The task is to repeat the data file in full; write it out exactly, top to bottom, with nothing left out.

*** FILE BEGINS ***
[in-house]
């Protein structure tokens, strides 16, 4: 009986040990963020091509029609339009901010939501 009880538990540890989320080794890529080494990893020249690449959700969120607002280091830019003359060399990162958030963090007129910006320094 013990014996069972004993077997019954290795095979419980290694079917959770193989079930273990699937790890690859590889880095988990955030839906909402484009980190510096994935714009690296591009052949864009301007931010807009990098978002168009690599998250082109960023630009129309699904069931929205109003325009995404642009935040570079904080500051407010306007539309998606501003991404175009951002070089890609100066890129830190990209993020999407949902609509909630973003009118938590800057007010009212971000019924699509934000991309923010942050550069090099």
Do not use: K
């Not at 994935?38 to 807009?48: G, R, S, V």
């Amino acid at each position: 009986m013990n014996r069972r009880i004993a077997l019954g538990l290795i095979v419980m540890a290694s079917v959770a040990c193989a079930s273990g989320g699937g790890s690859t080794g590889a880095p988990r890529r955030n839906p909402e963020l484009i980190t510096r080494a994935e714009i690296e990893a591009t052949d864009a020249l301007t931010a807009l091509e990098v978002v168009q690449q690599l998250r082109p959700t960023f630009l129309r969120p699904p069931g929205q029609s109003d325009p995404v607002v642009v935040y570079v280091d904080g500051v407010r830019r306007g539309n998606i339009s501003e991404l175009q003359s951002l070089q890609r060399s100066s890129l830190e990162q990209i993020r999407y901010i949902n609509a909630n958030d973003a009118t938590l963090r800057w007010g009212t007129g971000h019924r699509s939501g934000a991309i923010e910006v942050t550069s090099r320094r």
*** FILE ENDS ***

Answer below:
[in-house]
């Protein structure tokens, strides 16, 4: 009986040990963020091509029609339009901010939501 009880538990540890989320080794890529080494990893020249690449959700969120607002280091830019003359060399990162958030963090007129910006320094 013990014996069972004993077997019954290795095979419980290694079917959770193989079930273990699937790890690859590889880095988990955030839906909402484009980190510096994935714009690296591009052949864009301007931010807009990098978002168009690599998250082109960023630009129309699904069931929205109003325009995404642009935040570079904080500051407010306007539309998606501003991404175009951002070089890609100066890129830190990209993020999407949902609509909630973003009118938590800057007010009212971000019924699509934000991309923010942050550069090099």
Do not use: K
């Not at 994935?38 to 807009?48: G, R, S, V």
């Amino acid at each position: 009986m013990n014996r069972r009880i004993a077997l019954g538990l290795i095979v419980m540890a290694s079917v959770a040990c193989a079930s273990g989320g699937g790890s690859t080794g590889a880095p988990r890529r955030n839906p909402e963020l484009i980190t510096r080494a994935e714009i690296e990893a591009t052949d864009a020249l301007t931010a807009l091509e990098v978002v168009q690449q690599l998250r082109p959700t960023f630009l129309r969120p699904p069931g929205q029609s109003d325009p995404v607002v642009v935040y570079v280091d904080g500051v407010r830019r306007g539309n998606i339009s501003e991404l175009q003359s951002l070089q890609r060399s100066s890129l830190e990162q990209i993020r999407y901010i949902n609509a909630n958030d973003a009118t938590l963090r800057w007010g009212t007129g971000h019924r699509s939501g934000a991309i923010e910006v942050t550069s090099r320094r």